A relatively small amount of sun exposure can provide adequate vitamin D. In a study of naval personnel in submarines, 6 days of sun exposure proved capable of supplying enough vitamin D for 49 sunless days. However, the actual synthesis of vitamin D through sunlight is affected by season, latitude, time of day, cloud cover, smog, use of sunblock, and skin pigmentation.

Health Implications ^

Populations at Risk for Vitamin D Deficiency

The following populations may be at risk for vitamin D deficiency and may require a supplement:

  • Breastfed babies—Human milk does not have enough vitamin D. Breastfed babies should receive a 400 IU vitamin supplement each day to make up for this.
  • Older adults—Studies suggest that adults over age 65 have less ability to synthesize vitamin D through sunlight exposure than adults aged 20-30. They are also likely to spend less time out in the sun.
  • Locales with limited sun exposure—People who live above latitudes of approximately 40°N and below latitudes of approximately 40°S are at risk for deficiency during most of the winter months.
  • People with dark skin—Those with darker skin are less able to make vitamin D from the sun.
  • People who are obese —Body fat can bind to some vitamin D preventing it from getting into the blood where it can be used by the body.
  • People with a reduced ability to absorb dietary fat—Because vitamin D is a fat-soluble vitamin, fat is required for its absorption from foods. Some conditions that can cause fat malabsorption include Crohn's disease, cystic fibrosis, celiac disease, pancreatic enzyme deficiency, and liver disease.

Tips For Increasing Your Vitamin D Intake ^

Here are tips to help increase your intake of vitamin D:


Eat Right—Academy of Nutrition and Dietetics

Office of Dietary Supplements


Dietitians of Canada

Health Canada


Bischoff-Ferrari HA, Willett WC, Wong JB, Giovannucci E, Dietrich T, Dawson-Hughes B. Fracture prevention with vitamin D supplementation: a meta-analysis of randomized controlled trials. JAMA. 2005;293(18):2257-2264.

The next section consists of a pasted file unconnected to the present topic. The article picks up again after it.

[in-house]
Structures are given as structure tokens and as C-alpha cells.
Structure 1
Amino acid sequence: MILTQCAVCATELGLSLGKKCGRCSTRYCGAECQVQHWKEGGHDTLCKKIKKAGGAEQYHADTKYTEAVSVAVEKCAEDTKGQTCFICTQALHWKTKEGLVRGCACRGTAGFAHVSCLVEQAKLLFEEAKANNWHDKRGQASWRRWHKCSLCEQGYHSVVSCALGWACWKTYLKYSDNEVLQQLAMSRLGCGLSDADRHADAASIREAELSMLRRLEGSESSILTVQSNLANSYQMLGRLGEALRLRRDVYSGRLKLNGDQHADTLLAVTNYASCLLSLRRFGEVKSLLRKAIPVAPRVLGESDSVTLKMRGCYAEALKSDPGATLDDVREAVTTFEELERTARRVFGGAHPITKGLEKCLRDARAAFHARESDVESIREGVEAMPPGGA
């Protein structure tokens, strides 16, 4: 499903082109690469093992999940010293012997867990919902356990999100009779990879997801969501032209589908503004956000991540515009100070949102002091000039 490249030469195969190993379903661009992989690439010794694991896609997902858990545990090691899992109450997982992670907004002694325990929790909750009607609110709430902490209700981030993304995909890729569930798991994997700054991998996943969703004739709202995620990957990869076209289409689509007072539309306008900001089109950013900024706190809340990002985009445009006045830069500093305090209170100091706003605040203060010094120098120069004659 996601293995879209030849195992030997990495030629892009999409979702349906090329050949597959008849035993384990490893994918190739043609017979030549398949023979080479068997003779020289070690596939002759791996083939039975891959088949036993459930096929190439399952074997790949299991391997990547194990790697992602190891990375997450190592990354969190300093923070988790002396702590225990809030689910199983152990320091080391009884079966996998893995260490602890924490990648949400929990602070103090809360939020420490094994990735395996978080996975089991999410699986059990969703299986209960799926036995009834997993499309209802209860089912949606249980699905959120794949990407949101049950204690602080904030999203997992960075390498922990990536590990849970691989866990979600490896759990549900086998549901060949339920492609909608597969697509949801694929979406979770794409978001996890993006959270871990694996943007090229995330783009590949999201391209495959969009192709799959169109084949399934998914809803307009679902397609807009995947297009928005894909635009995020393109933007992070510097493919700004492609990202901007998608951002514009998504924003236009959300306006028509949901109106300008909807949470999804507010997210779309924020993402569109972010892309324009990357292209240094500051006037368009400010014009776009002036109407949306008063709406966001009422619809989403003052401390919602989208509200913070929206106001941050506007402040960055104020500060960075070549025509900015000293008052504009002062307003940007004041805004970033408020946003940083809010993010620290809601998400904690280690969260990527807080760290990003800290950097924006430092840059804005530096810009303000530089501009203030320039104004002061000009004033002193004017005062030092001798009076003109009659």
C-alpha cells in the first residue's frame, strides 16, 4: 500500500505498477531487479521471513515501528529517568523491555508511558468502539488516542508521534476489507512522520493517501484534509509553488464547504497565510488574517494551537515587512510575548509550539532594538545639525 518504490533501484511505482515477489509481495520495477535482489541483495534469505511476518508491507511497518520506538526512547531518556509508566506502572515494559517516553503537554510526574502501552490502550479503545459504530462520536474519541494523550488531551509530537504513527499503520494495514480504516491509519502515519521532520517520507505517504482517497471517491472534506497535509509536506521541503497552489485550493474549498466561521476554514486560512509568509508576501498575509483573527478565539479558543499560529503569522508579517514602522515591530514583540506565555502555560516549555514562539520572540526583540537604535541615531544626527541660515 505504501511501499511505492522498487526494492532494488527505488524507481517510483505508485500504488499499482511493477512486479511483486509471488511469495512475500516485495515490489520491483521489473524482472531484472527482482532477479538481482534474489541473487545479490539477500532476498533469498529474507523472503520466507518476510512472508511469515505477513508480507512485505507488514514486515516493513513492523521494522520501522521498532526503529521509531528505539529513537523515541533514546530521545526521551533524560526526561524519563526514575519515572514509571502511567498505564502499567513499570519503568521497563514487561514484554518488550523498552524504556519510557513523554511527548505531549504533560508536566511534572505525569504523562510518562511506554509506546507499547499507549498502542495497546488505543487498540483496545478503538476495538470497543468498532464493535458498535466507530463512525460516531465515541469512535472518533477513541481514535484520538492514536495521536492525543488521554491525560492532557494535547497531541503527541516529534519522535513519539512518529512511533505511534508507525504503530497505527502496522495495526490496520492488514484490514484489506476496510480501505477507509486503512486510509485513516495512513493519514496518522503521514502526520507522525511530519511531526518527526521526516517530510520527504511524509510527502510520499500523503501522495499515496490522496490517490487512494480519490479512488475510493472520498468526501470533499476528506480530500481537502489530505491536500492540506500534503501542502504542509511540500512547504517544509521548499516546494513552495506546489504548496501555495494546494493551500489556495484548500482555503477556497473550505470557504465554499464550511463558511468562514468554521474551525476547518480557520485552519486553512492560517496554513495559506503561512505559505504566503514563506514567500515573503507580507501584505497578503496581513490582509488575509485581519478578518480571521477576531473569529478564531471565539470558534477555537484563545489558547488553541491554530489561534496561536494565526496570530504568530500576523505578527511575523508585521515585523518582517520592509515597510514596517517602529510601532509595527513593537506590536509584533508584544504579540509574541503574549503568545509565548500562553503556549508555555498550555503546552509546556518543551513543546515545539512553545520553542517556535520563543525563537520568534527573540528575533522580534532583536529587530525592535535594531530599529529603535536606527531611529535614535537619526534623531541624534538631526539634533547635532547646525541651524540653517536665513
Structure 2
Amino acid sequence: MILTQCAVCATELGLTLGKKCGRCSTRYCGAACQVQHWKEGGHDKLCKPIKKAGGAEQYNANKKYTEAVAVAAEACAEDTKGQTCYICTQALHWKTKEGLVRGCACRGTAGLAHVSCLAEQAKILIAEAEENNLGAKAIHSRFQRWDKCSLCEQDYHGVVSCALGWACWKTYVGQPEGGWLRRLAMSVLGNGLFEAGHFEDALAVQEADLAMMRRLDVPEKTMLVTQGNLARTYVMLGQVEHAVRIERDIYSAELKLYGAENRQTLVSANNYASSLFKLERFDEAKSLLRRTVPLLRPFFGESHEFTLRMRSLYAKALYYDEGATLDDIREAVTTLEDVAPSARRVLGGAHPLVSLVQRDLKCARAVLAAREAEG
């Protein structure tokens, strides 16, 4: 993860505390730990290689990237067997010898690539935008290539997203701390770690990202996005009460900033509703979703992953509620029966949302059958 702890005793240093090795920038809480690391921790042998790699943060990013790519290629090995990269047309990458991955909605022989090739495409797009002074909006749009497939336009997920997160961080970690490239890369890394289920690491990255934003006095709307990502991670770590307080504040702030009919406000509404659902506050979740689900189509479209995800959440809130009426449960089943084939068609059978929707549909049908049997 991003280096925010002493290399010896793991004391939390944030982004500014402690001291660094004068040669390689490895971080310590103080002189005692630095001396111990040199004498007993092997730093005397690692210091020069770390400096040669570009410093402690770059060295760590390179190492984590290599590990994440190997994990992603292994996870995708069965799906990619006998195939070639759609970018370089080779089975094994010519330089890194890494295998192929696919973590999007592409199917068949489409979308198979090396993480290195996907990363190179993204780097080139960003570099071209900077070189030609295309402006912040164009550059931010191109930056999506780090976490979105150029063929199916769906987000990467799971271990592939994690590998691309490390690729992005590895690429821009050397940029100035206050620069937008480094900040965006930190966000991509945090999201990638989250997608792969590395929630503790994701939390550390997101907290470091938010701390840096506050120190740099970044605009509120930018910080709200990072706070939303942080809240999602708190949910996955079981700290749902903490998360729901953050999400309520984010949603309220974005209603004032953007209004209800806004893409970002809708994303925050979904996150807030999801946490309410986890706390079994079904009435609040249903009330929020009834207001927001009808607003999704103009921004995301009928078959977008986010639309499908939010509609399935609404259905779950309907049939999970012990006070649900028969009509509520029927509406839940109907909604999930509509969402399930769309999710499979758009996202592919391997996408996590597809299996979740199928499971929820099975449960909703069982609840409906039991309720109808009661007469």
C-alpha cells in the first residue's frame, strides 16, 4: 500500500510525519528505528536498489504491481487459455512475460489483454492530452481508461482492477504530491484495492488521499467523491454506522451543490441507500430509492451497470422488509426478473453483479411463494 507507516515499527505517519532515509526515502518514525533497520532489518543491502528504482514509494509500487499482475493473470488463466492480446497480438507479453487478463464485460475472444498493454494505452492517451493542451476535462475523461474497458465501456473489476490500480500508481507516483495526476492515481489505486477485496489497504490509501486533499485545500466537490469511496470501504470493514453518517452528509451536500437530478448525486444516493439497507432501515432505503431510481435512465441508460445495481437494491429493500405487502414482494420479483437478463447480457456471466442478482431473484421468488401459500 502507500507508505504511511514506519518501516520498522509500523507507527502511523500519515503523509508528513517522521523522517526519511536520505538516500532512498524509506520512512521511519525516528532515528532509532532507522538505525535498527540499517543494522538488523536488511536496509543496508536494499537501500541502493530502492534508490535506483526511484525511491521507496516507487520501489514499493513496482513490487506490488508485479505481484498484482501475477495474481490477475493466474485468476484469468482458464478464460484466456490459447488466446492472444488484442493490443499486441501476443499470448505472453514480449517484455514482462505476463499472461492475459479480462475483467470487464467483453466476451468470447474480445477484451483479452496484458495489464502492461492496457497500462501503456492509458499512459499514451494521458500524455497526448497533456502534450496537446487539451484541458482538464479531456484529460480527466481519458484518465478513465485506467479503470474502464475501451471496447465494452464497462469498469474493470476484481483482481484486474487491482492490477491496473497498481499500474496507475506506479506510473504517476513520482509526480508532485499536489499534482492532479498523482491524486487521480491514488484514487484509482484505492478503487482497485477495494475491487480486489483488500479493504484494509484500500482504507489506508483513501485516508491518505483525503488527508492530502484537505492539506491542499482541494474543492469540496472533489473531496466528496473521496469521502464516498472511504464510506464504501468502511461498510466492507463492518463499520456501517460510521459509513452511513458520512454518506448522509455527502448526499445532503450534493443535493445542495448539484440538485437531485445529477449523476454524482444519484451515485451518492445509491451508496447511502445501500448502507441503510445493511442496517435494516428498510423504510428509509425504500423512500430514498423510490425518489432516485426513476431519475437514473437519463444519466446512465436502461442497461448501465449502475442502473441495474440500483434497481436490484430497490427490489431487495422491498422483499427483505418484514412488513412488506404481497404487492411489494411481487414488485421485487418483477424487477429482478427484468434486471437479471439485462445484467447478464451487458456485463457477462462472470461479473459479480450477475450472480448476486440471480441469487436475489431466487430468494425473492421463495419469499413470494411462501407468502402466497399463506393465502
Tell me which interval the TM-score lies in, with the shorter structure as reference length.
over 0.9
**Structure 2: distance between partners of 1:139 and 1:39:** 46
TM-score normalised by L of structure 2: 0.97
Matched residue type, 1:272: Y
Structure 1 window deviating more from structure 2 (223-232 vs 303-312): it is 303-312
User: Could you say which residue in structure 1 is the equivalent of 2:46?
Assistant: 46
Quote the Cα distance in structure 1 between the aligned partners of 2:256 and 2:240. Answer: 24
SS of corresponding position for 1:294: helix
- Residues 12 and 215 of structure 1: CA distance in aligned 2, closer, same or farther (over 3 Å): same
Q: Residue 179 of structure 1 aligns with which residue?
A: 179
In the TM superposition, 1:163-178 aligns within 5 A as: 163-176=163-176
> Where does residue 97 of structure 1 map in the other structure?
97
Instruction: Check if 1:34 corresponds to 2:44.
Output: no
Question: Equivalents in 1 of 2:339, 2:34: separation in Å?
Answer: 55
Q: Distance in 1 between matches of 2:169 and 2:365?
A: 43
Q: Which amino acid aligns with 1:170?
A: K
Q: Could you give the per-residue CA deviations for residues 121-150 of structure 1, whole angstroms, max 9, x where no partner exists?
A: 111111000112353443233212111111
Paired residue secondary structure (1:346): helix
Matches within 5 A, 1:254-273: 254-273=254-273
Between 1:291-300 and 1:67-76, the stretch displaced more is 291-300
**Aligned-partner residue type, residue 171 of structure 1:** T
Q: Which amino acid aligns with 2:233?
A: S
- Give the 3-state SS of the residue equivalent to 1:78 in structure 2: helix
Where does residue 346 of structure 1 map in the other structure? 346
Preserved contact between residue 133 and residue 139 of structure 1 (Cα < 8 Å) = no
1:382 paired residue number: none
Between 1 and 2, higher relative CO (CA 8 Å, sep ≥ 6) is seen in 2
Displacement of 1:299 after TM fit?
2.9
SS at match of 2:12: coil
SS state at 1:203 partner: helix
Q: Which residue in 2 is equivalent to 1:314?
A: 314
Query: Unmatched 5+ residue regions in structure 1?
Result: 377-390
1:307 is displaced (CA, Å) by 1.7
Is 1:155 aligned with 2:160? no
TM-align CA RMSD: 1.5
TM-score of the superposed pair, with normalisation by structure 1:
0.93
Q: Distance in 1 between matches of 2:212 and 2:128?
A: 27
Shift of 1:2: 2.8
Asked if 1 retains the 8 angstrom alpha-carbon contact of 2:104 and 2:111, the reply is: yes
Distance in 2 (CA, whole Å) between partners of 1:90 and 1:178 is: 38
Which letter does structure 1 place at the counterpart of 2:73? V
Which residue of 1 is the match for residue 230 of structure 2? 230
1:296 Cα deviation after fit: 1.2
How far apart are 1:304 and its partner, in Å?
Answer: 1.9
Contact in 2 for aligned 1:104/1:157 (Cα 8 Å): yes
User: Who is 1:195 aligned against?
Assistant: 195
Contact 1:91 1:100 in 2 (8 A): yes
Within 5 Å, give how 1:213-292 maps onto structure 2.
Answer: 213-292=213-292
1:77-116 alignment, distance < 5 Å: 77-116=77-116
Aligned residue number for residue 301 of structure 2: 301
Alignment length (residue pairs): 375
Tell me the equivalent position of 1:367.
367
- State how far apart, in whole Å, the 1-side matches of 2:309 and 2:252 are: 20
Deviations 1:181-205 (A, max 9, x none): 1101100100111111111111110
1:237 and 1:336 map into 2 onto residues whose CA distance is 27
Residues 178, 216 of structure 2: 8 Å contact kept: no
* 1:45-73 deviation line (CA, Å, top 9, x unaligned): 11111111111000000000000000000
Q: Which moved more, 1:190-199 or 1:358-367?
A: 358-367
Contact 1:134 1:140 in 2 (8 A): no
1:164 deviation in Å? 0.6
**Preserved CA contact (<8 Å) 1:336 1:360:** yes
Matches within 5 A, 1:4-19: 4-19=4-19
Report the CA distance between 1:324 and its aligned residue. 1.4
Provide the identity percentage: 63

Calcium and vitamin D for treatment and prevention of osteoporosis. EBSCO DynaMed Plus website. Available at: Updated December 21, 2015. Accessed May 2, 2017.

Duplessis CA, Harris EB, Watenpaugh DE, Horn WG. Vitamin D supplementation in underway submariners. Aviat Space Environ Med. 2005;76(6):569-575.

Vitamin D. Office of Dietary Supplements website. Available at: Updated February 11, 2016. Accessed May 2, 2017.

Vitamin D and skin health. Oregon State University Linus Pauling Institute website. Available at: Updated November 2011. Accessed May 2, 2017.

Vitamin D intake and supplementation. EBSCO DynaMed Plus website. Available at: Updated April 10, 2017. Accessed May 2, 2017.

4/5/2010 DynaMed Plus Systematic Literature Surveillance Urashima M, Segawa T, Okazaki M, Kurihara M, Wada Y, Ida H. Randomized trial of vitamin D supplementation to prevent seasonal influenza A in schoolchildren. Am J Clin Nutr. 2010;91(5):1255-1260.

2/11/2011 DynaMed Plus Systematic Literature Surveillance Winzenberg T, Powell S, Shaw KA, Jones G. Effects of vitamin D supplementation on bone density in healthy children: systematic review and meta-analysis. BMJ. 2011;342.

3/6/2013 DynaMed Plus Systematic Literature Surveillance Schreuder F, Bernsen RM, van der Wouden JC. Vitamin D supplementation for nonspecific musculoskeletal pain in non-Western immigrants: a randomized controlled trial. Ann Fam Med. 2012;10(6):547-555.

Last reviewed May 2017 by Michael Woods, MD, FAAP  Last Updated: 5/2/2017